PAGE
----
October Newsletter 2007
In keeping with the Autumnal mood, I'm including my recipe for rosehip syrup.
You have, no doubt, been keeping up with the interesting variety of fresh herb plants listed in our pages this year but have you, as yet, looked at the medicinal section of our website. It contains products made by myself, Vanessa Neville, and Emma Eastham, both Medical Herbalists living in and working around Saffron Walden and Cambridge.
I make the lotions and potions from scratch using quality herbal ingredients. It's important to me is that the ingredients come from sustainable sources, are organic, and use plants indigenous to this country. So the products do not have synthetic smells, alcohol, plastic or petroleum added to them thus reducing chemical load and causing harshness. The ingredients of my recipes are natural and pure from the beginning.
I want my products to be wholly therapeutic as well as being beautiful enough for people to keep using them again and again.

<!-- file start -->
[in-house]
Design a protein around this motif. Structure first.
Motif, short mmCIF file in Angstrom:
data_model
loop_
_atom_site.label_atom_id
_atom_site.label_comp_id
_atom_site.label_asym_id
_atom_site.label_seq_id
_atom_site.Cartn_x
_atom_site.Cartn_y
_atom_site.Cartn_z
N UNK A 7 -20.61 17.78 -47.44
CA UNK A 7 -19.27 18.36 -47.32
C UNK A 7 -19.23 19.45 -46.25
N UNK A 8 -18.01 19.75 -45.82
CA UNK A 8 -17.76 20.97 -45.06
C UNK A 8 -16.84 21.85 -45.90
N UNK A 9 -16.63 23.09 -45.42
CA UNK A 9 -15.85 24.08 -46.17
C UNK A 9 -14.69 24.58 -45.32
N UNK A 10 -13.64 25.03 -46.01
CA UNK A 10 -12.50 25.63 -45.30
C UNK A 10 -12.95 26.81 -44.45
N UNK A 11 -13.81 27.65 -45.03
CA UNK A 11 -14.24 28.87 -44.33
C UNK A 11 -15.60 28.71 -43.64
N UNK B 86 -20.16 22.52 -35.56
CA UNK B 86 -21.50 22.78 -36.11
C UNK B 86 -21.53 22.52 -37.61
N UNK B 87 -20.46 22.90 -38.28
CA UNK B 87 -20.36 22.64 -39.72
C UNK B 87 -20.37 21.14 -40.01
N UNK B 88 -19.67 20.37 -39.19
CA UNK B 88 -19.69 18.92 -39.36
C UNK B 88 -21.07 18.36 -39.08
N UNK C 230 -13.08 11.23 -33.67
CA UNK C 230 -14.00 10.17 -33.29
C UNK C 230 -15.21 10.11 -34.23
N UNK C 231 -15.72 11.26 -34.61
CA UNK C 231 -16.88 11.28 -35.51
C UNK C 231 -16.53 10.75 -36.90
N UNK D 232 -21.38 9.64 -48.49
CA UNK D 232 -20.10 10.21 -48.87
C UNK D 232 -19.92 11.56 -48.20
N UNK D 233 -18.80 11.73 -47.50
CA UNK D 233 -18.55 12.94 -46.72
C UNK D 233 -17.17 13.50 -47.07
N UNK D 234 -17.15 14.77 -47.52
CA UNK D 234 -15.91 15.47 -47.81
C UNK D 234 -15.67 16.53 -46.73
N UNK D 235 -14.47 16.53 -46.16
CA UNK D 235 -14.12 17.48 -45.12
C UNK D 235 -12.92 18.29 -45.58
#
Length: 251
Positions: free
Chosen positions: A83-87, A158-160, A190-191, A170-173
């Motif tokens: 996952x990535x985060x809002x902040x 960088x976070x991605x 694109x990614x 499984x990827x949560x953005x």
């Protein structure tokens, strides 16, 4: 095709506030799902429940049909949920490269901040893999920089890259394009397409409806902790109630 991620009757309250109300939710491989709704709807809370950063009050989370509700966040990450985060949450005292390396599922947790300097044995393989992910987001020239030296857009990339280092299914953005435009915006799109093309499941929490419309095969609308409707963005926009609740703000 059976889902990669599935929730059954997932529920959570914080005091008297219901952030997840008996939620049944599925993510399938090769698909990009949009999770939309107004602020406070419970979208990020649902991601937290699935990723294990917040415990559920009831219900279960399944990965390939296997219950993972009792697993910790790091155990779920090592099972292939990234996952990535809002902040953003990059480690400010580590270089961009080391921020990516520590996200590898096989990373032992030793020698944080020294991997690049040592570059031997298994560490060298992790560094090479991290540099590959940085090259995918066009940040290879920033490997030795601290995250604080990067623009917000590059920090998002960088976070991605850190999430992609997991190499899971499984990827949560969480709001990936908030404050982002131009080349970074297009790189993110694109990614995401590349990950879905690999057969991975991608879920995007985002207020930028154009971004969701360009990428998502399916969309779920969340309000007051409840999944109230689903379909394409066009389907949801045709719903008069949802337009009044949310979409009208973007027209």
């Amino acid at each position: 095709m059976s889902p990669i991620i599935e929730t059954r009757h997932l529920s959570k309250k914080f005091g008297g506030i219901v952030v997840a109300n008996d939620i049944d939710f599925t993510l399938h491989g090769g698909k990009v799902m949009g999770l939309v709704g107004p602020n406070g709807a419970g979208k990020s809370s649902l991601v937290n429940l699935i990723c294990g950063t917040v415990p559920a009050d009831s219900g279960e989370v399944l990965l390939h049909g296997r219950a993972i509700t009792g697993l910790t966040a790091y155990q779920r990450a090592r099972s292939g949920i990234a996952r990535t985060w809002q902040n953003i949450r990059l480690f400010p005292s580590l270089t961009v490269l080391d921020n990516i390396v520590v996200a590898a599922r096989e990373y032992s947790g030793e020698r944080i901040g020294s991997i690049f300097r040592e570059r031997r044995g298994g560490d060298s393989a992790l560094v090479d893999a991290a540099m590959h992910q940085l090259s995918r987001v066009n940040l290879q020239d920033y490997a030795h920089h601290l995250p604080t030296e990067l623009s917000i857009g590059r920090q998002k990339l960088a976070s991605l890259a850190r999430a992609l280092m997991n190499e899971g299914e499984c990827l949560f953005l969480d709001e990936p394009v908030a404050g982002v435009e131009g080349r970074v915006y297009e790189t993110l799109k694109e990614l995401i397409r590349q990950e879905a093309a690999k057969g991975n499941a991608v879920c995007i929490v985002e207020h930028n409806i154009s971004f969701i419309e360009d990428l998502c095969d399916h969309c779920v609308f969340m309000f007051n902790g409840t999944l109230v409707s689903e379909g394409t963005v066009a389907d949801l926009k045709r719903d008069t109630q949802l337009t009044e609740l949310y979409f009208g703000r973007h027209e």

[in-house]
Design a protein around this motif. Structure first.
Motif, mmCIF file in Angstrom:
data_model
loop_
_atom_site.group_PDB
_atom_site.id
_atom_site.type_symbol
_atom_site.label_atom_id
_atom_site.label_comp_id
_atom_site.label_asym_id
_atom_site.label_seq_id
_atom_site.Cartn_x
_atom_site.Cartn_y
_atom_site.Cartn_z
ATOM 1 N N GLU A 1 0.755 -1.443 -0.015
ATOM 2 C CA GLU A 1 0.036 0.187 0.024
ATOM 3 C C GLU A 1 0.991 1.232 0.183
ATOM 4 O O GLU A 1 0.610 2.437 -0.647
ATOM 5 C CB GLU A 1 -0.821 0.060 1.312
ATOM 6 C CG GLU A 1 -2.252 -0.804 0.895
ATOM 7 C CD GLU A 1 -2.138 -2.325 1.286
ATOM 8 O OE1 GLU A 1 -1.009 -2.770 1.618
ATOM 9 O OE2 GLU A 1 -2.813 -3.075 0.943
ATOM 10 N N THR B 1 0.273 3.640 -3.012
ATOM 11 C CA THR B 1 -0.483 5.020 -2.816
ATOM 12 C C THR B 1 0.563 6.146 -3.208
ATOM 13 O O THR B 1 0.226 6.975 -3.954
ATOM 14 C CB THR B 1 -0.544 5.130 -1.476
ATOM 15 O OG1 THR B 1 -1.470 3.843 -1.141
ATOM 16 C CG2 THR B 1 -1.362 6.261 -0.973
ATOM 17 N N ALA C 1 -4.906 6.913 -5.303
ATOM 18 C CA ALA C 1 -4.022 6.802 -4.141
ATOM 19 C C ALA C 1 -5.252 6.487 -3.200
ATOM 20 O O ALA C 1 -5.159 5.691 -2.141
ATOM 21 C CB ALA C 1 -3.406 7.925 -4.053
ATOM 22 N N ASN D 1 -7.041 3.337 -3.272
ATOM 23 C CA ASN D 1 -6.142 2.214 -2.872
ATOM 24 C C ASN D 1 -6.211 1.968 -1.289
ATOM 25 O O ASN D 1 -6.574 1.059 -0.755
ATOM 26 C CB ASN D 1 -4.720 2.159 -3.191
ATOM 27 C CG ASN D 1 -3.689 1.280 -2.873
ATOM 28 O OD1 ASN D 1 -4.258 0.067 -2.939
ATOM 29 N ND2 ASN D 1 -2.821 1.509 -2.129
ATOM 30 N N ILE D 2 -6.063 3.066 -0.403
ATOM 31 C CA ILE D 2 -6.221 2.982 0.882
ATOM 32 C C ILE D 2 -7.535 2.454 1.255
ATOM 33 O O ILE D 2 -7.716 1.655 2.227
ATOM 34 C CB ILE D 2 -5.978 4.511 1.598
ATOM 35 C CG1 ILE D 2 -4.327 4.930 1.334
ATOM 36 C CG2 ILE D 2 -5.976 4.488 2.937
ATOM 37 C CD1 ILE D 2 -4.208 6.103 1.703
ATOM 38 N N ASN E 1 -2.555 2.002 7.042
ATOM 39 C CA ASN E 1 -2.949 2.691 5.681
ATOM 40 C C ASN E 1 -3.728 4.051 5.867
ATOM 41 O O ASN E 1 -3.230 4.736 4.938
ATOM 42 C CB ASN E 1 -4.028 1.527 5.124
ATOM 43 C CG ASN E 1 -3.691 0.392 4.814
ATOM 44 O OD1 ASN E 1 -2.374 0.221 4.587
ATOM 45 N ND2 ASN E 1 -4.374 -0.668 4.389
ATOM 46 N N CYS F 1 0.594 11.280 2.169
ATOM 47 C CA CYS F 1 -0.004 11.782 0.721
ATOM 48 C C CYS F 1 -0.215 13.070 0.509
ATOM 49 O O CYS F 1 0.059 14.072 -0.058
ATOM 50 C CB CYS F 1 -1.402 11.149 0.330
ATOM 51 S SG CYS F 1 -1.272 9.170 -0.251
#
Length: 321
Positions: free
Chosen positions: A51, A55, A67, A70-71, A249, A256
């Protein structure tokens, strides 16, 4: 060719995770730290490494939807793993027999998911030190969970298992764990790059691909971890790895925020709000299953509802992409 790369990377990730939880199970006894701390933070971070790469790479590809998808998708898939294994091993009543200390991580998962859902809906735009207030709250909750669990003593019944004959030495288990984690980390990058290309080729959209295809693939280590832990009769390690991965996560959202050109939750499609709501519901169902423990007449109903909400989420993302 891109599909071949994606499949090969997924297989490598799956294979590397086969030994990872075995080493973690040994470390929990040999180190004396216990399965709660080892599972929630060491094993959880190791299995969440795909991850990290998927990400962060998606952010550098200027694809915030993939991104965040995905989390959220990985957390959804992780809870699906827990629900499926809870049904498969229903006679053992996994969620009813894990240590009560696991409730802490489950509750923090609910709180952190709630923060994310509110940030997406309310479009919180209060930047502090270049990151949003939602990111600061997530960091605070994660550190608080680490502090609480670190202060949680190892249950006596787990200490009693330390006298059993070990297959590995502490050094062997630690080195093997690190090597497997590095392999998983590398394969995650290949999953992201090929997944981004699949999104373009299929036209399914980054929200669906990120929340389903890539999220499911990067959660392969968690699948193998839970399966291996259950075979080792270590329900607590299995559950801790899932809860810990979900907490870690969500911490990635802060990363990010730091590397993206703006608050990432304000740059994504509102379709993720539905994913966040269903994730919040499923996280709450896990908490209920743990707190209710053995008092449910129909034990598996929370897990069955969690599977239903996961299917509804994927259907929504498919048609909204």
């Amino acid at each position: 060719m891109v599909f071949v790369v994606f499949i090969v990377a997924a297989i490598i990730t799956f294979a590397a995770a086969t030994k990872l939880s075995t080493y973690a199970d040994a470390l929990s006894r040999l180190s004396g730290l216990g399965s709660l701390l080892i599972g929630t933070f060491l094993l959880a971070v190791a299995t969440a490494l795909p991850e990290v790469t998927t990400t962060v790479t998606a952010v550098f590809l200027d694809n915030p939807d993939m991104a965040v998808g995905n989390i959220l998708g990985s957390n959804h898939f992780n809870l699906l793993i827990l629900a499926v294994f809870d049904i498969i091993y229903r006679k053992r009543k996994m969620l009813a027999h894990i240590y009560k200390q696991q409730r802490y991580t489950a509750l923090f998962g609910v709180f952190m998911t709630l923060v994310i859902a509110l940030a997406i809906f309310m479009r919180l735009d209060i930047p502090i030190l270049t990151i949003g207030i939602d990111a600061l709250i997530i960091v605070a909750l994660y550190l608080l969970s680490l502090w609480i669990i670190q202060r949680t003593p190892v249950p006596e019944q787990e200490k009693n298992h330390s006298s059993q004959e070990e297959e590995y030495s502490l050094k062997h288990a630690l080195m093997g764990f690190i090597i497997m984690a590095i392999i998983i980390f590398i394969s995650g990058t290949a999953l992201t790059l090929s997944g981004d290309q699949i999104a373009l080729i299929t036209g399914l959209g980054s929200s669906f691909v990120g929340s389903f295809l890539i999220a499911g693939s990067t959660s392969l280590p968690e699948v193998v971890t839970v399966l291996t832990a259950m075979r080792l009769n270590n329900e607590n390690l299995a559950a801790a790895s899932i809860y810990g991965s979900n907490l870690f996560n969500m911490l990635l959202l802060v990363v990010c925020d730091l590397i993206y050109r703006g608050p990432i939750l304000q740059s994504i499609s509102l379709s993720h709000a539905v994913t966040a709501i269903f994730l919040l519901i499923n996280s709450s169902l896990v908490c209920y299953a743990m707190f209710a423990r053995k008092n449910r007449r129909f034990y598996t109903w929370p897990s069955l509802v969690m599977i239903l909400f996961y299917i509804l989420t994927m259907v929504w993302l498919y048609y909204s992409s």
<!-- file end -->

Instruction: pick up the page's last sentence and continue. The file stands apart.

These are the sour-tasting, beautifully bright-red berries of the Rosa canina and can be seen throughout the hedgerows in autumn. They are a rich source of vitamin C and are a useful tonic which may be taken through the winter. The fruit has always been used as a hedgerow food and only during the two world wars, when citrus fruit was virtually cut off, were its benefits again taken seriously and made into a commercial syrup.
So here is a syrup recipe to make and store at home for use by yourself and family members. Make it into a hot beverage or take it when feeling run down.
Rose Hip Syrup
Take approx 40g of hips, cut in half and scrape out the seeds. Add the hips to 1 pint of just boiled water and leave to sit overnight. Next morning, bring to the boil and simmer for 10 mins. Strain the hips, pressing them with a spoon to extract all the goodness, leaving just the liquid. Pour back into a saucepan and reduce down to approx 200ml as slowly as possible. Add 450g of sugar or honey and stir until reaching a syrupy consistency. Pour into clean/sterilised bottles and label.
Honey and sugar are a great way of preserving and preparing the hips but do remember that they should not be taken by anyone who is diabetic or sugar intolerant.